Displaced people in Calais and Grande-Synthe

Louise Mc Gowan from the Peace People has returned home from working in both Calais and Grande-Synthe with the Refugee Women’s Centre from October – February 2021.

Louise says there is little peace for displaced people living in northern France. How can there be peace when you are worried for your own/your family’s safety? How can there be peace when the fear or expectance of police violence hangs overhead every morning? How can there be peace when the only way to get to the place where you might feel safe is via dangerous routes? In the past year, volunteers working in northern France have witnessed a rise in dangerous channel boat crossings, deteriorating living conditions in informal camps and accommodation centres, as well as numerous tragic deaths. These have been accompanied by increasingly hostile border policies and procedures.  
As humans, we are all blessed with a huge amount of strength and resilience. We can overcome many challenges and hardships in our lives. People on the move, living in northern France are no different and the feeling of strength here is palpable. Strength in the face of authorities, intent on making life as difficult and miserable as possible. 
The French police, with funding from the UK government, regularly evict people from their temporary camps by destroying and confiscating their belongings such as tents, blankets and sleeping bags. In winter this continues with unrelenting fervour and sometimes happens days in row; a cycle of destruction and waste. This is the hostile environment to the power of ten. People should not have to use their strength and resilience every day to face these inhumane and state-mandated actions, especially when many have fled difficult and traumatic circumstances to get here.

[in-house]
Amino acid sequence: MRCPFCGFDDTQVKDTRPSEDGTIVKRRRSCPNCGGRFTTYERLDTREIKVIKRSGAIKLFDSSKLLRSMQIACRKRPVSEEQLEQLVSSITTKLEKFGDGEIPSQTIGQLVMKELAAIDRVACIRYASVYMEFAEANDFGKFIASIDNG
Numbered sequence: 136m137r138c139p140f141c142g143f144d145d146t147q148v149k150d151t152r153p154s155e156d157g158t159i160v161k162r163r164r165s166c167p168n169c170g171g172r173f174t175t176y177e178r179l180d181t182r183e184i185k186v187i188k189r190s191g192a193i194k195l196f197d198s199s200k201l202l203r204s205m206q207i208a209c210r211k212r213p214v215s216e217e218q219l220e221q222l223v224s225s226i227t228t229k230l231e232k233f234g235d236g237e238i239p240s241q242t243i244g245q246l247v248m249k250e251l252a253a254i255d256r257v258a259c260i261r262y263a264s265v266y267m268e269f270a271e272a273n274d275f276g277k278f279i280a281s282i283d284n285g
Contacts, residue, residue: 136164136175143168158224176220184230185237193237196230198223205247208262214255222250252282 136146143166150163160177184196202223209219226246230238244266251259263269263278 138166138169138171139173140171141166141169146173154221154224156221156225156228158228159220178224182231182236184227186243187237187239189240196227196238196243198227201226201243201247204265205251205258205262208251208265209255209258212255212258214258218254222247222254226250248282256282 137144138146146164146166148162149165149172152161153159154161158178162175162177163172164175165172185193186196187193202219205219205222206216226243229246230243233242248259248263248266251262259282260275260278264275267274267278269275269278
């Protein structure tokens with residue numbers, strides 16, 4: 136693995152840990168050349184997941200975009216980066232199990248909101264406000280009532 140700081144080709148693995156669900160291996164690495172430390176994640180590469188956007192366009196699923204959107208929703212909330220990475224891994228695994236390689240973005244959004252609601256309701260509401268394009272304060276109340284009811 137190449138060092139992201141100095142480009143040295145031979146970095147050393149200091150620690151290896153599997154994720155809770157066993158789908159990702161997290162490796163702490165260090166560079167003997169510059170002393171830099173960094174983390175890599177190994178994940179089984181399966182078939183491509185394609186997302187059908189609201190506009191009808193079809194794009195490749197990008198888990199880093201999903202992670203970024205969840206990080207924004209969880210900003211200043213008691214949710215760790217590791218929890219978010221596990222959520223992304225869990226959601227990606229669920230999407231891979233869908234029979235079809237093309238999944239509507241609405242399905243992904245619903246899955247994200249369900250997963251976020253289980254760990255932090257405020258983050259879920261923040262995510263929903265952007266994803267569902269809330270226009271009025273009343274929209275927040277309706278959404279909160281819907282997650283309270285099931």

When did border enforcement become more important than human life and dignity? These actions do not deter people from attempting to reach the safety they seek. The only purpose they serve is to cause distress, harm and to put people at risk. 
Organisations working in northern France can try to fill gaps and meet people’s basic needs but no amount of peace will be reached until systematic change happens. Safe and legal routes to the UK and Ireland should be made available immediately. 

The Refugee Women’s Centre provides holistic support for migrant women and families living in informal outdoor settlements in Calais and Dunkirk and in accommodation centres in surrounding areas.

The Refugee Women’s Centre is committed to creating safe spaces for women and children, providing them with the means to live with dignity, and advocating for access to shelter and for other human rights to be met.